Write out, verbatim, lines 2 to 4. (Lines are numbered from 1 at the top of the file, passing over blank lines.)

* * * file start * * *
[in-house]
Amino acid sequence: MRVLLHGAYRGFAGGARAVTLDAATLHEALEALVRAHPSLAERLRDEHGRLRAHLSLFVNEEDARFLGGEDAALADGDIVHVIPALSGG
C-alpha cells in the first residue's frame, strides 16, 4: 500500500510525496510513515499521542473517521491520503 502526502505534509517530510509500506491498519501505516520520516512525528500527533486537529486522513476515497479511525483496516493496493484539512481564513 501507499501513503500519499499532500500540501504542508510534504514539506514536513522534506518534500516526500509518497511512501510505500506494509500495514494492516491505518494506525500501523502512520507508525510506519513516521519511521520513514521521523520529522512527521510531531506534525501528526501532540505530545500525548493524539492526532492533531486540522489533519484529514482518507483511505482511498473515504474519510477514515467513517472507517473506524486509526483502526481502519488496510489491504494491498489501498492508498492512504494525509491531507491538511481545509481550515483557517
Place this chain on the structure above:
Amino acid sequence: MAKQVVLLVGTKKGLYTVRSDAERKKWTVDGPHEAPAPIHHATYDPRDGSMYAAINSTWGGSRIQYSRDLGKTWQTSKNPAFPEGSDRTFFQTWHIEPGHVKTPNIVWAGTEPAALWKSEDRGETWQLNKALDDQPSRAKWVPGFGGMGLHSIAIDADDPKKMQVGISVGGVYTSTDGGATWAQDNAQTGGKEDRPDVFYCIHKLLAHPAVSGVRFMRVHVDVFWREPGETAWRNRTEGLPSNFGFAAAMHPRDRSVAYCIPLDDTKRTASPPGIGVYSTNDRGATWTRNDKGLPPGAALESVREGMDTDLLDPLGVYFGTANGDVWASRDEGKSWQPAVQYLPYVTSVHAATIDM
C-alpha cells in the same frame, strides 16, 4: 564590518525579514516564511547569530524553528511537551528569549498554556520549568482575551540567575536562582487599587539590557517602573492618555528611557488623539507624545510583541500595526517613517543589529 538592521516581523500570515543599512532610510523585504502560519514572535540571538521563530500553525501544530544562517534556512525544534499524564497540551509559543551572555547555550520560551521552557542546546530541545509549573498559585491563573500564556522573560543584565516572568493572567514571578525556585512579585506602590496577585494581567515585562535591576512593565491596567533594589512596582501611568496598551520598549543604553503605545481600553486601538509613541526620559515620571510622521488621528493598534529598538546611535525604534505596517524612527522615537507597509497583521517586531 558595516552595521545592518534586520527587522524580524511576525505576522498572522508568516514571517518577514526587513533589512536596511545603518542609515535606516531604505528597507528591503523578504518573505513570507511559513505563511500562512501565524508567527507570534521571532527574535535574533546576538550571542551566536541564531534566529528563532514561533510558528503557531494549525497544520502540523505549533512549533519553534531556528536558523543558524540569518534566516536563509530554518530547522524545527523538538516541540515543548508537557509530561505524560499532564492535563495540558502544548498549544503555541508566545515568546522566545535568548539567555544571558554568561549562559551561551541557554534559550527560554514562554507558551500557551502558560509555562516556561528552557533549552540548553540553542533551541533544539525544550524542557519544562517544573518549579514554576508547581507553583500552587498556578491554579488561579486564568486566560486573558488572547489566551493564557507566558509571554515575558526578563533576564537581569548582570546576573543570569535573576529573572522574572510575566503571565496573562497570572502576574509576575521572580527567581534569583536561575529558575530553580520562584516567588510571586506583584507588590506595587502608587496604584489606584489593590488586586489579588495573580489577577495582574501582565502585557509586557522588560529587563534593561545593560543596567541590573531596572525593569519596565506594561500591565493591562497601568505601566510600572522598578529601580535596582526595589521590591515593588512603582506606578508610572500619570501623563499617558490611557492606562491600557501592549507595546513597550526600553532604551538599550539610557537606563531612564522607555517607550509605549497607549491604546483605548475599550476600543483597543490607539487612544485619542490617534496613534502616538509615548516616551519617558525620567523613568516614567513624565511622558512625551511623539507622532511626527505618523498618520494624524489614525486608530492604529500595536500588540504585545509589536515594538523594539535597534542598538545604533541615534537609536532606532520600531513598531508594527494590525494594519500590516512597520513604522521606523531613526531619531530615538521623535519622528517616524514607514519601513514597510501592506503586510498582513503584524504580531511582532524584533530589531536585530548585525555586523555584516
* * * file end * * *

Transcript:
Amino acid sequence: MRVLLHGAYRGFAGGARAVTLDAATLHEALEALVRAHPSLAERLRDEHGRLRAHLSLFVNEEDARFLGGEDAALADGDIVHVIPALSGG
C-alpha cells in the first residue's frame, strides 16, 4: 500500500510525496510513515499521542473517521491520503 502526502505534509517530510509500506491498519501505516520520516512525528500527533486537529486522513476515497479511525483496516493496493484539512481564513 501507499501513503500519499499532500500540501504542508510534504514539506514536513522534506518534500516526500509518497511512501510505500506494509500495514494492516491505518494506525500501523502512520507508525510506519513516521519511521520513514521521523520529522512527521510531531506534525501528526501532540505530545500525548493524539492526532492533531486540522489533519484529514482518507483511505482511498473515504474519510477514515467513517472507517473506524486509526483502526481502519488496510489491504494491498489501498492508498492512504494525509491531507491538511481545509481550515483557517
Place this chain on the structure above: